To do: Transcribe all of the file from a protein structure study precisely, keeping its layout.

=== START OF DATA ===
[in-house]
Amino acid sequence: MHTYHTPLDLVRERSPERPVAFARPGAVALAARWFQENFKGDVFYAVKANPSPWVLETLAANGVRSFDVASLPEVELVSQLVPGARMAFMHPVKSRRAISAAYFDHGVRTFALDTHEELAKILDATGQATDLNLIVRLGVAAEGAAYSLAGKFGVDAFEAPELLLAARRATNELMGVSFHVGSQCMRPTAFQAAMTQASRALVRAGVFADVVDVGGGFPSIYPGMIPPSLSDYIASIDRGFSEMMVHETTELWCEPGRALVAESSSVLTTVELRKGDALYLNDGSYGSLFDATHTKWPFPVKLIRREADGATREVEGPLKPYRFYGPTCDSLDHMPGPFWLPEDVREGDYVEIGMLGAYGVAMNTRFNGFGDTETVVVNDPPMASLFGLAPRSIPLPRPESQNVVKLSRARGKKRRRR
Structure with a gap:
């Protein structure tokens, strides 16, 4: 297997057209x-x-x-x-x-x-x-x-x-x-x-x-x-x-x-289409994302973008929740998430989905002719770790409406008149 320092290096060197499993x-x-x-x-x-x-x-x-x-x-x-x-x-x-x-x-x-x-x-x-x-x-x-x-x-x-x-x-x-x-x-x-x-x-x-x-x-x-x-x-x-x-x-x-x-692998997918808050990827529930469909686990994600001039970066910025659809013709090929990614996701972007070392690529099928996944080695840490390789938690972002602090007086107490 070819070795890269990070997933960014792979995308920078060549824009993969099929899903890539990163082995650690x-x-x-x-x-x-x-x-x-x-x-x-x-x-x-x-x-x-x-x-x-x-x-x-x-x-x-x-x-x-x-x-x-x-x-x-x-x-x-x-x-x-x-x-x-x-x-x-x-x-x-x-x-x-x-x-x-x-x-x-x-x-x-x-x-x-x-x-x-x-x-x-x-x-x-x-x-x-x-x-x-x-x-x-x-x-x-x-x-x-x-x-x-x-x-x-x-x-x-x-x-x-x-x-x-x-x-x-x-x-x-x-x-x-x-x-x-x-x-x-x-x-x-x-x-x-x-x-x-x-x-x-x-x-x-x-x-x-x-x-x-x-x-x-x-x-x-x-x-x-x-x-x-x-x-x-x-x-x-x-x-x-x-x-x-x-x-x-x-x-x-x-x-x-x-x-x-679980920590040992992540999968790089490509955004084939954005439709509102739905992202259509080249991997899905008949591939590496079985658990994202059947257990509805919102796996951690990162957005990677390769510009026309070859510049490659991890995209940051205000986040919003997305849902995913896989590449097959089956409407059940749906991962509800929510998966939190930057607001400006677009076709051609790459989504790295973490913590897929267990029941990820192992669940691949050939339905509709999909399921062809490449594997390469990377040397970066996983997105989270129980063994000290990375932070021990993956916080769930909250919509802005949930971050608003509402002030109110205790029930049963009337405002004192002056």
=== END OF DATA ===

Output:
[in-house]
Amino acid sequence: MHTYHTPLDLVRERSPERPVAFARPGAVALAARWFQENFKGDVFYAVKANPSPWVLETLAANGVRSFDVASLPEVELVSQLVPGARMAFMHPVKSRRAISAAYFDHGVRTFALDTHEELAKILDATGQATDLNLIVRLGVAAEGAAYSLAGKFGVDAFEAPELLLAARRATNELMGVSFHVGSQCMRPTAFQAAMTQASRALVRAGVFADVVDVGGGFPSIYPGMIPPSLSDYIASIDRGFSEMMVHETTELWCEPGRALVAESSSVLTTVELRKGDALYLNDGSYGSLFDATHTKWPFPVKLIRREADGATREVEGPLKPYRFYGPTCDSLDHMPGPFWLPEDVREGDYVEIGMLGAYGVAMNTRFNGFGDTETVVVNDPPMASLFGLAPRSIPLPRPESQNVVKLSRARGKKRRRR
Structure with a gap:
């Protein structure tokens, strides 16, 4: 297997057209x-x-x-x-x-x-x-x-x-x-x-x-x-x-x-289409994302973008929740998430989905002719770790409406008149 320092290096060197499993x-x-x-x-x-x-x-x-x-x-x-x-x-x-x-x-x-x-x-x-x-x-x-x-x-x-x-x-x-x-x-x-x-x-x-x-x-x-x-x-x-x-x-x-x-692998997918808050990827529930469909686990994600001039970066910025659809013709090929990614996701972007070392690529099928996944080695840490390789938690972002602090007086107490 070819070795890269990070997933960014792979995308920078060549824009993969099929899903890539990163082995650690x-x-x-x-x-x-x-x-x-x-x-x-x-x-x-x-x-x-x-x-x-x-x-x-x-x-x-x-x-x-x-x-x-x-x-x-x-x-x-x-x-x-x-x-x-x-x-x-x-x-x-x-x-x-x-x-x-x-x-x-x-x-x-x-x-x-x-x-x-x-x-x-x-x-x-x-x-x-x-x-x-x-x-x-x-x-x-x-x-x-x-x-x-x-x-x-x-x-x-x-x-x-x-x-x-x-x-x-x-x-x-x-x-x-x-x-x-x-x-x-x-x-x-x-x-x-x-x-x-x-x-x-x-x-x-x-x-x-x-x-x-x-x-x-x-x-x-x-x-x-x-x-x-x-x-x-x-x-x-x-x-x-x-x-x-x-x-x-x-x-x-x-x-x-x-x-x-679980920590040992992540999968790089490509955004084939954005439709509102739905992202259509080249991997899905008949591939590496079985658990994202059947257990509805919102796996951690990162957005990677390769510009026309070859510049490659991890995209940051205000986040919003997305849902995913896989590449097959089956409407059940749906991962509800929510998966939190930057607001400006677009076709051609790459989504790295973490913590897929267990029941990820192992669940691949050939339905509709999909399921062809490449594997390469990377040397970066996983997105989270129980063994000290990375932070021990993956916080769930909250919509802005949930971050608003509402002030109110205790029930049963009337405002004192002056």